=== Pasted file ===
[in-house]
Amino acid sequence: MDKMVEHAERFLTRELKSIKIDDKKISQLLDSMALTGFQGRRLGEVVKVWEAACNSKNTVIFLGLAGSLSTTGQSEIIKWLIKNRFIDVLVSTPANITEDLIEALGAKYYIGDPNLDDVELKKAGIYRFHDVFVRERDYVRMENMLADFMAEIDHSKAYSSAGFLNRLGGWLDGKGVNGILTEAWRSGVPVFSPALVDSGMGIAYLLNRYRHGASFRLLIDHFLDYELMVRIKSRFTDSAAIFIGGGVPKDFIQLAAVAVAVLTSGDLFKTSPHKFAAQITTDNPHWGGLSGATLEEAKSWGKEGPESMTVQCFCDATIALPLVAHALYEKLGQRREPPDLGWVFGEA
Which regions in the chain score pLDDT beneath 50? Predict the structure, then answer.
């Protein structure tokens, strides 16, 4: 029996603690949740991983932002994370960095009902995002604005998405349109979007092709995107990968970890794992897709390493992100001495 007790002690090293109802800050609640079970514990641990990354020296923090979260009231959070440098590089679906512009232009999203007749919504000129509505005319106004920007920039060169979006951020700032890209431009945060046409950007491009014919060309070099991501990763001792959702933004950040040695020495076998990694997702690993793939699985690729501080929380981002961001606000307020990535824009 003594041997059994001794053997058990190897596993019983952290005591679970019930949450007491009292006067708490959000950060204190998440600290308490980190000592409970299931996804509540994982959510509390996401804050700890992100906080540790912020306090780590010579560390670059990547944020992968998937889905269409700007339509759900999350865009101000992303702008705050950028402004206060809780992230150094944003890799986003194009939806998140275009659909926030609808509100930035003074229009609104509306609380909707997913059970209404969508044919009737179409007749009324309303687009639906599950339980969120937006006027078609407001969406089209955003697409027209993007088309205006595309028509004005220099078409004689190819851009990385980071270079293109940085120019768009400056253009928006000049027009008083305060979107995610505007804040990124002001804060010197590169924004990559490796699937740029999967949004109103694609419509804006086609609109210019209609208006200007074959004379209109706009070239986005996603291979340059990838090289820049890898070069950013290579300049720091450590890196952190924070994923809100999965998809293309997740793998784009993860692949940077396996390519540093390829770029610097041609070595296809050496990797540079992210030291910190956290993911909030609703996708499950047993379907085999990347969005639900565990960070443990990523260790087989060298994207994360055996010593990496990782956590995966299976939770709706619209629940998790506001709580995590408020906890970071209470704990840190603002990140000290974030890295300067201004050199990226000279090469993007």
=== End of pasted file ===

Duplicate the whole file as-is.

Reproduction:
[in-house]
Amino acid sequence: MDKMVEHAERFLTRELKSIKIDDKKISQLLDSMALTGFQGRRLGEVVKVWEAACNSKNTVIFLGLAGSLSTTGQSEIIKWLIKNRFIDVLVSTPANITEDLIEALGAKYYIGDPNLDDVELKKAGIYRFHDVFVRERDYVRMENMLADFMAEIDHSKAYSSAGFLNRLGGWLDGKGVNGILTEAWRSGVPVFSPALVDSGMGIAYLLNRYRHGASFRLLIDHFLDYELMVRIKSRFTDSAAIFIGGGVPKDFIQLAAVAVAVLTSGDLFKTSPHKFAAQITTDNPHWGGLSGATLEEAKSWGKEGPESMTVQCFCDATIALPLVAHALYEKLGQRREPPDLGWVFGEA
Which regions in the chain score pLDDT beneath 50? Predict the structure, then answer.
């Protein structure tokens, strides 16, 4: 029996603690949740991983932002994370960095009902995002604005998405349109979007092709995107990968970890794992897709390493992100001495 007790002690090293109802800050609640079970514990641990990354020296923090979260009231959070440098590089679906512009232009999203007749919504000129509505005319106004920007920039060169979006951020700032890209431009945060046409950007491009014919060309070099991501990763001792959702933004950040040695020495076998990694997702690993793939699985690729501080929380981002961001606000307020990535824009 003594041997059994001794053997058990190897596993019983952290005591679970019930949450007491009292006067708490959000950060204190998440600290308490980190000592409970299931996804509540994982959510509390996401804050700890992100906080540790912020306090780590010579560390670059990547944020992968998937889905269409700007339509759900999350865009101000992303702008705050950028402004206060809780992230150094944003890799986003194009939806998140275009659909926030609808509100930035003074229009609104509306609380909707997913059970209404969508044919009737179409007749009324309303687009639906599950339980969120937006006027078609407001969406089209955003697409027209993007088309205006595309028509004005220099078409004689190819851009990385980071270079293109940085120019768009400056253009928006000049027009008083305060979107995610505007804040990124002001804060010197590169924004990559490796699937740029999967949004109103694609419509804006086609609109210019209609208006200007074959004379209109706009070239986005996603291979340059990838090289820049890898070069950013290579300049720091450590890196952190924070994923809100999965998809293309997740793998784009993860692949940077396996390519540093390829770029610097041609070595296809050496990797540079992210030291910190956290993911909030609703996708499950047993379907085999990347969005639900565990960070443990990523260790087989060298994207994360055996010593990496990782956590995966299976939770709706619209629940998790506001709580995590408020906890970071209470704990840190603002990140000290974030890295300067201004050199990226000279090469993007």